Advisory board a good place to recruit directors


April 19, 1993|By LESTER A. PICKER

Every so often, during question-and-answer periods after a presentation to a group of nonprofit leaders, I am asked about advisory boards. What are they really about? How can they best be used? What is their role in an organization?

Perhaps it's best to illustrate what they are by first explaining what they are not. An advisory board is not the board of directors. That is, an advisory board does not make policy, define the mission and vision, or hire and evaluate the executive director. Other than those restrictions, it is pretty much an open game.

Advisory boards are used for many purposes, any of which should complement the board of directors. But, unlike a member of the board of directors, an advisory board member should not be expected to volunteer time or money to the same degree. After all, an advisory board member has agreed only to advise, and usually only in his area of expertise.

First and foremost, in a healthy nonprofit organization, an advisory board should be viewed as a fertile field where future members of the board of directors can be cultivated. In a way, the advisory board is a recruitment tool. This is a critically important feature of advisory boards.

Let's suppose that you ask an accountant to serve on the advisory board, initially to advise a board of directors committee on a planned change in accounting procedures. After three months of work, you find this adviser to be knowledgeable, dynamic and, above all, very interested in the work of the agency.

After some cultivation, invitations to agency events and informal interactions with other board members, you find the adviser to be a strong candidate for the board of directors.

In this case, using the advisory board route has given you a proven performer, rather than an unknown entity. In today's environment -- with a solid board of directors needed for an organization to thrive -- it's a plus to have a board member with a proven record.

The advisory board also lets you use the skills and talents of people who are otherwise too busy to serve the organization. These people may not be able to serve on the board of directors for a variety of reasons. But they may be called on as needed to help out.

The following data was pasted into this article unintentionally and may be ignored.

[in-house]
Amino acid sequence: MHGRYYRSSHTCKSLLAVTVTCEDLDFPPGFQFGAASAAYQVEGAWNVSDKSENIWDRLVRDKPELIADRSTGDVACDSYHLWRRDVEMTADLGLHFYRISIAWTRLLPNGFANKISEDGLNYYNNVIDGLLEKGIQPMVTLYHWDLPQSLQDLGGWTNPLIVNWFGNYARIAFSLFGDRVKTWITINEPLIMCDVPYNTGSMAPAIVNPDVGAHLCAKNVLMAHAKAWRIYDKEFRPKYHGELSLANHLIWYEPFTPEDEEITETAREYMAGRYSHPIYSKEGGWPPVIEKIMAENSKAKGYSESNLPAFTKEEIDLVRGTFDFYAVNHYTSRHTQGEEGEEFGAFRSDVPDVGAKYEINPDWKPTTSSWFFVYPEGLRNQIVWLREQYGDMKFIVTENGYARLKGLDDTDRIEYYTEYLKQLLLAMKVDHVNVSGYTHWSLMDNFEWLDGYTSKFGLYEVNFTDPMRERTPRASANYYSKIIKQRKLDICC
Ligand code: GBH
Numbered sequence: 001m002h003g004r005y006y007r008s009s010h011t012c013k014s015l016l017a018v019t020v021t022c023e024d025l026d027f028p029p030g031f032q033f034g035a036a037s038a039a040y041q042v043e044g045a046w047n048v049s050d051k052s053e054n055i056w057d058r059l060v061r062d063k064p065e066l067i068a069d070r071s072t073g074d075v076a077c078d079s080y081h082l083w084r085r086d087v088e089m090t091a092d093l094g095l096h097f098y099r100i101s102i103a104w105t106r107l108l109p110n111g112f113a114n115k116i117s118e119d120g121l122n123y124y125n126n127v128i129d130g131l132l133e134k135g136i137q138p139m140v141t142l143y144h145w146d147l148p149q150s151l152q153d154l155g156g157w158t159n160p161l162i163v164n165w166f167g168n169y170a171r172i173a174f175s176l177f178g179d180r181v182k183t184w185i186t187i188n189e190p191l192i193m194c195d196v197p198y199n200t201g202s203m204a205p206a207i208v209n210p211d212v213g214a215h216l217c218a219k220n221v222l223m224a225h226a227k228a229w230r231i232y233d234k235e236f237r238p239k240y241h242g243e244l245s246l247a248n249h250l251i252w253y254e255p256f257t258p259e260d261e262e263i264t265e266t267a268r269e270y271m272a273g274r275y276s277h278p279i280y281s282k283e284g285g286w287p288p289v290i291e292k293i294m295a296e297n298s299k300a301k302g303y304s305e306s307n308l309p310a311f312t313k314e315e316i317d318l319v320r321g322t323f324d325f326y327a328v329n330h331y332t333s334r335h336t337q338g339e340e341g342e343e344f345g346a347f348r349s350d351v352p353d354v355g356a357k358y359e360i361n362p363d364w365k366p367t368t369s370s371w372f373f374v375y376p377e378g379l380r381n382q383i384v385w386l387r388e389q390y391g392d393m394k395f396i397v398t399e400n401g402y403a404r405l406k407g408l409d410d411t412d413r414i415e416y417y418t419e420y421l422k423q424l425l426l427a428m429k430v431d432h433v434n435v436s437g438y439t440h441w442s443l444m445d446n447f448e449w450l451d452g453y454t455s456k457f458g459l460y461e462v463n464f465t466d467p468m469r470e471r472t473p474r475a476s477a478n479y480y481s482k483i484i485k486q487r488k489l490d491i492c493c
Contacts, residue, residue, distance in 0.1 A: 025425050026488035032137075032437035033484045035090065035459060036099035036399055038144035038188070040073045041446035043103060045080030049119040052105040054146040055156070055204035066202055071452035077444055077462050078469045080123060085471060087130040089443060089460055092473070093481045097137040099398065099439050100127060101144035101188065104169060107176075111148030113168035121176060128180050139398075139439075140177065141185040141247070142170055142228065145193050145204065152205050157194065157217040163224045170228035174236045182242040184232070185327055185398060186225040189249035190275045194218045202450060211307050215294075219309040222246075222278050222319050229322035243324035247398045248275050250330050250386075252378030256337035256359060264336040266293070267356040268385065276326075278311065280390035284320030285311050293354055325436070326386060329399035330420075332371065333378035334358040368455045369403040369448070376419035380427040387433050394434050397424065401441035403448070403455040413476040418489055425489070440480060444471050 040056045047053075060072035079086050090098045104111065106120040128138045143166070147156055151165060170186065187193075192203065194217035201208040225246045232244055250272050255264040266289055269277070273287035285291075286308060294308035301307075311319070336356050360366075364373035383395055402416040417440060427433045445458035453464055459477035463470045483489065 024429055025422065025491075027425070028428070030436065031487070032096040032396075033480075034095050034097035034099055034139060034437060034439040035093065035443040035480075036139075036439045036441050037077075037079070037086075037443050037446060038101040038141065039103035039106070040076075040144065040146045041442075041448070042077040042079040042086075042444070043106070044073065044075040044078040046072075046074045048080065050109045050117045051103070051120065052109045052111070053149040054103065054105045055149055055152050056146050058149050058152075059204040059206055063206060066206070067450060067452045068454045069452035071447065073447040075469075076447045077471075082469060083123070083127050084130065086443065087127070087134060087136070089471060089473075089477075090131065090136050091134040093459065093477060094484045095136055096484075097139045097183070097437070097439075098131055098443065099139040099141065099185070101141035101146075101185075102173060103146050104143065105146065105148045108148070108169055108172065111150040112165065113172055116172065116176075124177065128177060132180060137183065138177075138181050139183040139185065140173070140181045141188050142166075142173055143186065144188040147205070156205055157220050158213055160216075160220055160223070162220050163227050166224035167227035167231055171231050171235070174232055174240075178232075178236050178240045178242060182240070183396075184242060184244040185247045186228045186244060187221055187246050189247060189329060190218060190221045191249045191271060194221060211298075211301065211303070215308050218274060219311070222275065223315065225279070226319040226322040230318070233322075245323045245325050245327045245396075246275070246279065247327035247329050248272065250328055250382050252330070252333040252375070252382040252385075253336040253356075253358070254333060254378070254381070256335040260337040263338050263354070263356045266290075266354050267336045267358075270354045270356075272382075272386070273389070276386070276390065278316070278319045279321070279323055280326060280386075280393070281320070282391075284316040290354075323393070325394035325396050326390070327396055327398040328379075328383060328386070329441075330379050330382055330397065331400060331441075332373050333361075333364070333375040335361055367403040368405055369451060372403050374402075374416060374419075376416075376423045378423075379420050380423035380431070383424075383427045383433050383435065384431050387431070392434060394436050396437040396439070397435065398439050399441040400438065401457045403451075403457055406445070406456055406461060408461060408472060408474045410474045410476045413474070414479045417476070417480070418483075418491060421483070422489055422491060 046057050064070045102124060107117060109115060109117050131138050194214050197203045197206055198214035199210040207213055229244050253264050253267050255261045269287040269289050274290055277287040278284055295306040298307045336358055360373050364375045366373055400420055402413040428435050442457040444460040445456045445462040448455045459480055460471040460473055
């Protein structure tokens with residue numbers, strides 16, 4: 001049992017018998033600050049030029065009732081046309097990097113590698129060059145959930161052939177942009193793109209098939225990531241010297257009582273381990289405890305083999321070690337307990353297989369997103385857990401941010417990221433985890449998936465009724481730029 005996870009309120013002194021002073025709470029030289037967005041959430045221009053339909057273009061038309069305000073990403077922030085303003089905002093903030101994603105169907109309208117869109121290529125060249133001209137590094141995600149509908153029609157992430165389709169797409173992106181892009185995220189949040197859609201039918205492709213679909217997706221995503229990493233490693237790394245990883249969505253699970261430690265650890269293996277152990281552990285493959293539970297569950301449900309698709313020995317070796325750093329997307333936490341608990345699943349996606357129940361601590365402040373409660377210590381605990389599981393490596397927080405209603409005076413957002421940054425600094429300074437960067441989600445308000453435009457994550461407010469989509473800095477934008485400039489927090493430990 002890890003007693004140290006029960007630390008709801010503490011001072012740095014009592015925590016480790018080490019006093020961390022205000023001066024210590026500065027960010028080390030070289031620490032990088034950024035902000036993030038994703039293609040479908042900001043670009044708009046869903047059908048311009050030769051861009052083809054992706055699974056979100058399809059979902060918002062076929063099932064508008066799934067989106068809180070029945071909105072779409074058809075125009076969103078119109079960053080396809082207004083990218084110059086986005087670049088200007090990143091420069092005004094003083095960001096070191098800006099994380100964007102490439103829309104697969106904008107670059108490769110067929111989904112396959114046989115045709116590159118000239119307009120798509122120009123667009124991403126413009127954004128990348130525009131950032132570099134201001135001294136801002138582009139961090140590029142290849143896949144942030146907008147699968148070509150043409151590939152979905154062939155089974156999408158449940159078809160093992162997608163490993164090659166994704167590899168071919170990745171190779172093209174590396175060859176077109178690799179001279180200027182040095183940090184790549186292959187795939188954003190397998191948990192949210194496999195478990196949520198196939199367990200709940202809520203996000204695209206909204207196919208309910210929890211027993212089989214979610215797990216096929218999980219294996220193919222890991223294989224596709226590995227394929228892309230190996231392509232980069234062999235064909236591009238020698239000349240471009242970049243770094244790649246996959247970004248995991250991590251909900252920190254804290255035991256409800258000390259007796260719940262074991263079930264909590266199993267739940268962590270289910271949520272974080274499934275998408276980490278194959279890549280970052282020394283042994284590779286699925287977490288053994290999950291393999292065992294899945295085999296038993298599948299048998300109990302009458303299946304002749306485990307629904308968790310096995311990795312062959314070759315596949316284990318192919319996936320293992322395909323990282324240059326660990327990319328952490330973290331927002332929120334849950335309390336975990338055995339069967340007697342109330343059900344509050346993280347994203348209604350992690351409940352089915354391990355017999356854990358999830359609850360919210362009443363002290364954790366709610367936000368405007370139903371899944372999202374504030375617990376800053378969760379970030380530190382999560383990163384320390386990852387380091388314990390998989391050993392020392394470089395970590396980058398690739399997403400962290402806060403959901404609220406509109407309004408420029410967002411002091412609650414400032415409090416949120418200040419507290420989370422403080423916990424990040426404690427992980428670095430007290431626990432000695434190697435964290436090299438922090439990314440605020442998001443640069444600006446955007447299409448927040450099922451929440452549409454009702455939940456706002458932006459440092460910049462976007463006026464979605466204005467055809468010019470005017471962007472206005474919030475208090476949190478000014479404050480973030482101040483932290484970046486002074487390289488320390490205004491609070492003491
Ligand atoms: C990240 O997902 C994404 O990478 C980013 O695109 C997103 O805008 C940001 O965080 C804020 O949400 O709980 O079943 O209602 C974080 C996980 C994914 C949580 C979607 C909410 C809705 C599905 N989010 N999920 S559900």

Another function of the advisory board is as a place for departing members of the board of directors. This allows a retiring board member to keep ties to the agency without committing himself to monthly meetings, committee assignments, attendance at vTC events and all the other requirements of policy board membership.

In the 3-plus-3 model of board membership -- which I advocate -- after six years of dutiful service, the board member can become a trusted adviser for a year or two. Then, he can decide whether to rejoin the board or put his talents and experience to work for a different cause.

The advisory board offers the nominating committee of the board of directors a good option for members who have lost their effectiveness but who still would like to keep an organizational affiliation.

An advisory board also offers the organization a means of broadening its target markets' perceptions of the wide support the organization receives. This often helps in recruiting members for the board of directors who might otherwise feel uncomfortable because of their unfamiliarity with the organization.

For whatever reasons the advisory board is established, it is important for the organization to maintain an appropriate perspective on its members' roles and responsibilities. An organization should not expect advisers to have the same commitment as the members of the board of directors.

On the other hand, advisers should have clear ideas of what is expected of them. This requires some thought and careful planning.

I have found it best when advisers are asked to contribute in some way on a regular basis. This takes an enormous commitment of time and energy on the part of the agency, but it pays off handsomely in the long run.

(Lester A. Picker is a philanthropy consultant. Write to him at 71 Bathon Circle, Elkton, Md., 21921; [410] 392-3160.)

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